Riverside’s first “speed table,” a traffic-calming device that’s an alternative to speed bumps, has been installed on a stretch of Lionel Road and will be tested over the next six weeks or so to see if it slows down motorists who use the street as a cut-through.

The high-impact recycled rubber “table” was placed on Lionel Road between Delaplaine and Miller roads on Oct. 9 in response to complaints from residents who say out-of-town motorists use Lionel Road as a shortcut during morning and afternoon rush hours.

“We received many, many concerns from residents about traffic there,” said Police Chief Thomas Weitzel.

Speed tables were among the traffic-calming measures recommended by the consulting firm that conducted a village-wide traffic study in 2017 and 2018. Other traffic-calming measures, such as striping to create parking lanes on Woodside Road, new stop signs and high-visibility crosswalks in key locations were implemented this summer. 

The decision to place the speed table between Delaplaine and Miller roads instead of between Delaplaine Road and Ogden Avenue, said Weitzel, was that there’s a stop sign at the intersection of Delaplaine and Lionel.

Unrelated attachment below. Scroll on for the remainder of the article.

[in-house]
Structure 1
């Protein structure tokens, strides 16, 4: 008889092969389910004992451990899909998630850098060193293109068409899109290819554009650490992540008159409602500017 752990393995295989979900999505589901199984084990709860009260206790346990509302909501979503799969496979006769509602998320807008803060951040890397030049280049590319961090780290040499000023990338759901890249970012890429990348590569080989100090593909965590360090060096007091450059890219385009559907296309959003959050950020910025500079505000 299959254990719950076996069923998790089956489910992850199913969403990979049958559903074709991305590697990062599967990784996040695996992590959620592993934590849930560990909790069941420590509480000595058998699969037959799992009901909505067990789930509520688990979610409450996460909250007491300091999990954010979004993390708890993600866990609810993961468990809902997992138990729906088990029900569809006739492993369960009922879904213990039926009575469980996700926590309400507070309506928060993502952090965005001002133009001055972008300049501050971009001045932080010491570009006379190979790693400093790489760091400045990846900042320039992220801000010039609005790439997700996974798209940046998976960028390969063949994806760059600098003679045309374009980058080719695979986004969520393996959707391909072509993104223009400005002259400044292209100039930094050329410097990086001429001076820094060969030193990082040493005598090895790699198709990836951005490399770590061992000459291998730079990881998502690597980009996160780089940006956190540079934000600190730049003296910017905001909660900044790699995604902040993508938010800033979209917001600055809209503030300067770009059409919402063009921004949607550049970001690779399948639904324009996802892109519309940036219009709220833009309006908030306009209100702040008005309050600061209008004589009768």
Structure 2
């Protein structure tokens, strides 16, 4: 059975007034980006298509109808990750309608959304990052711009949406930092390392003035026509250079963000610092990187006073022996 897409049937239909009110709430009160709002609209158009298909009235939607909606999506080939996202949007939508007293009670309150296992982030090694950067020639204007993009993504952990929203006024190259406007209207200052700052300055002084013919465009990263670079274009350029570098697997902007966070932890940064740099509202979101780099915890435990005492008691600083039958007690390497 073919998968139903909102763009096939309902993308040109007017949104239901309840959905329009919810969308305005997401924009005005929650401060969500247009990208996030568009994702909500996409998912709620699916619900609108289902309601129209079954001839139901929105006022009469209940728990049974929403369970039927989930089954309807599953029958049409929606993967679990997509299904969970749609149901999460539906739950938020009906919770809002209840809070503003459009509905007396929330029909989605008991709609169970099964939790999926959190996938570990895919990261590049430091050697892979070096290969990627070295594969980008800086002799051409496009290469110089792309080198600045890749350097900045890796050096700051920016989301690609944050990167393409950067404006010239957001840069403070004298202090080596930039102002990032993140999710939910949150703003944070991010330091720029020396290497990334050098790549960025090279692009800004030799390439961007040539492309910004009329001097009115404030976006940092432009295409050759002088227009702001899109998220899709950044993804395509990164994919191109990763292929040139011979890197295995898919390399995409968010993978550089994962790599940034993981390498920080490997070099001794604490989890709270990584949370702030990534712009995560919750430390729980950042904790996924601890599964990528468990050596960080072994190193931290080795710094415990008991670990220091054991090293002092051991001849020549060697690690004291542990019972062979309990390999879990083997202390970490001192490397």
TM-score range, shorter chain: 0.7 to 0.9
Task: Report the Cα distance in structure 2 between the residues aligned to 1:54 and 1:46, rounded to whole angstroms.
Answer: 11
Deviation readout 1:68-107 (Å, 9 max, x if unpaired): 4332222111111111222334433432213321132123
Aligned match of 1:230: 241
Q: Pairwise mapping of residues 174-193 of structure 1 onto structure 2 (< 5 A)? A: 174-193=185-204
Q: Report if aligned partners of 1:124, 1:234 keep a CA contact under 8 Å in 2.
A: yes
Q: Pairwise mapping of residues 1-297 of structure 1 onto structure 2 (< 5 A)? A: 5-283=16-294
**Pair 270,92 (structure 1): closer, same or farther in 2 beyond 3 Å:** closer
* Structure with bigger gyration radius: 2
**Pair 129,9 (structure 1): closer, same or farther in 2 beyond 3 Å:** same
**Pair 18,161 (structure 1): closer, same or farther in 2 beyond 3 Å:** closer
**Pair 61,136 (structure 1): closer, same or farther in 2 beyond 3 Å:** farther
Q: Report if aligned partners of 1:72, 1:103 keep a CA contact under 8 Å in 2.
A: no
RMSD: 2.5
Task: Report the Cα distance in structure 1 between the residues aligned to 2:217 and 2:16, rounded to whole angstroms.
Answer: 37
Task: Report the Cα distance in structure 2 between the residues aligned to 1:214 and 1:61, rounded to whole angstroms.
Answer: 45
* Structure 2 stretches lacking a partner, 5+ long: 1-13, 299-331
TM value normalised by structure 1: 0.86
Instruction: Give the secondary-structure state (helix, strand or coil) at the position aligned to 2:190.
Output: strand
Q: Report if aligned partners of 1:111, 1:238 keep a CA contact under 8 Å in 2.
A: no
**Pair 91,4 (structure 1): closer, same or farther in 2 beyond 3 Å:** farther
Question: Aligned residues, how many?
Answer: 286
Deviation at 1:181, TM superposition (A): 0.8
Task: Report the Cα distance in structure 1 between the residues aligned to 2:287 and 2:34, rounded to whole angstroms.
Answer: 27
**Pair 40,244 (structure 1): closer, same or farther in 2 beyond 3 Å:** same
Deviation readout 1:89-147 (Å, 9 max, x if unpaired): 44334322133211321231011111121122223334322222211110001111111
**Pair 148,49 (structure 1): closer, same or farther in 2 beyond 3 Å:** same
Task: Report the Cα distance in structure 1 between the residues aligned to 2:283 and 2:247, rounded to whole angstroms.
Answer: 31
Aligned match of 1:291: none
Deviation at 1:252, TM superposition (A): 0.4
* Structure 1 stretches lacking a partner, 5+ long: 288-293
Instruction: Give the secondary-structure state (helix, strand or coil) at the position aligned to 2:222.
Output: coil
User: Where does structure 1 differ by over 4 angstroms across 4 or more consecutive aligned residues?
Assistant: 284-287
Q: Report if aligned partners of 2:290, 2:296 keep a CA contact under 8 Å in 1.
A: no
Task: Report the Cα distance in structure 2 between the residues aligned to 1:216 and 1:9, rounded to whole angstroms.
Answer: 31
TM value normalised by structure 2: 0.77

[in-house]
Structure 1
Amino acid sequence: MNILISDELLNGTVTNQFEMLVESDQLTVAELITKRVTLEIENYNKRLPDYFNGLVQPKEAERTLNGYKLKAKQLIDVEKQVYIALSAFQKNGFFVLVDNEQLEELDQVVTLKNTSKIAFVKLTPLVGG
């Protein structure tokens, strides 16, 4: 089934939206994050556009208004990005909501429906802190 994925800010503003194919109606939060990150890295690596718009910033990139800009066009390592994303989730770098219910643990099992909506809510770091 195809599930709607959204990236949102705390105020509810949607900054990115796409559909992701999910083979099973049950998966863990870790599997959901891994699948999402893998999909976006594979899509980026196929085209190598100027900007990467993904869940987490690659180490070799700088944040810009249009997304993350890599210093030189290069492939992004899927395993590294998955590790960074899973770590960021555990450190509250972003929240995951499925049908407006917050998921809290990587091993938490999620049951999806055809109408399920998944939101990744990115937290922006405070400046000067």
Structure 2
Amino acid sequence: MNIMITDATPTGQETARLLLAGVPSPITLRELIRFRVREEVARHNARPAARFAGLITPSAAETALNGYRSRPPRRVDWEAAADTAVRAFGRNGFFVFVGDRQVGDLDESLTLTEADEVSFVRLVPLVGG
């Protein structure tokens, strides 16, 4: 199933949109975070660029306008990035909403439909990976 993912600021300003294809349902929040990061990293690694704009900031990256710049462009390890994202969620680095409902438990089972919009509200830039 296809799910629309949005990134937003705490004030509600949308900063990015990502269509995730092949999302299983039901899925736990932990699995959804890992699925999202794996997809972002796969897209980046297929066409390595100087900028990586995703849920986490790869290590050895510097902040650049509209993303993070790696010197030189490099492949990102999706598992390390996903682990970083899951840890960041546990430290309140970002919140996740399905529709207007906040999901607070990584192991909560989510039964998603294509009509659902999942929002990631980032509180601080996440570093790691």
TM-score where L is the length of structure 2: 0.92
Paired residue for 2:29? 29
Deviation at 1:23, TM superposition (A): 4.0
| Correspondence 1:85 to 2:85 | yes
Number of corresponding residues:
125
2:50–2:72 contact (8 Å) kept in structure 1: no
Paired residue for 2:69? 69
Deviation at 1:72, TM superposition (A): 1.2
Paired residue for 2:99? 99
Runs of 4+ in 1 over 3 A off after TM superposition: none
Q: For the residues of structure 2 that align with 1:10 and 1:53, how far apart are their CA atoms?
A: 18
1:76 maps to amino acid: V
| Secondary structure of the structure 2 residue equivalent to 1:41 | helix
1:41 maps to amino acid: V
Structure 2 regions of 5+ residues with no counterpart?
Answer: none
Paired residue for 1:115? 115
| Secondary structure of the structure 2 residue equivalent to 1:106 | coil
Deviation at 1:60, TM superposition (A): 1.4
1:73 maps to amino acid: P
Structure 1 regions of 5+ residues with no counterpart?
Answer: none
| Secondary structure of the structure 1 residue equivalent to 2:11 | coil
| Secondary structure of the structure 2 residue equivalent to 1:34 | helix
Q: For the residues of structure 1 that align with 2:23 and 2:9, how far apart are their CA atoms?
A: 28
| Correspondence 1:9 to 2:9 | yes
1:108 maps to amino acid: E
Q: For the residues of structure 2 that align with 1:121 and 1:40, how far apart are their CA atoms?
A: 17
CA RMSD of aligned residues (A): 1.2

“From Lionel and Delaplaine, the next stop sign isn’t until Olmsted Road [a distance of about 2,000 feet],” Weitzel said. “We thought we’d put it on the longer stretch of road.”

The speed table, which when fully assembled weighs about a ton, comes in segments that slope to a roughly 2-foot long “table” that is about 3 inches high. The width of the speed table can be adjusted depending on street width, keeping the street gutters clear to allow storm water to flow freely.

The village purchased the speed table from Traffic Control Corporation for $7,500, said Public Works Director Edward Bailey. It will be installed within the next couple of weeks, as soon as the village takes possession of signage associated with it. 

After about six weeks – just before snow starts to fall – public works will remove the speed table for the winter. It’s unclear if it will return to that location next spring or move to another location.

Riverside police delivered notice of the speed table’s installation to Lionel Road residents earlier this week, stating it was a trial run for the device and that the goal was to analyze how motorists react to it.

Weitzel states in the notice that he welcomes feedback on use of the speed table and that resident comments “will be incorporated into any future placement of speed tables in the village.”

Bailey said that most streets in Riverside could accommodate the speed table, since its width is adjustable.

“I don’t see the speed table installed on sharp roadway curves, but other than that, one of the major influences of the installation location will be driveways,” Bailey said in an email to the Landmark.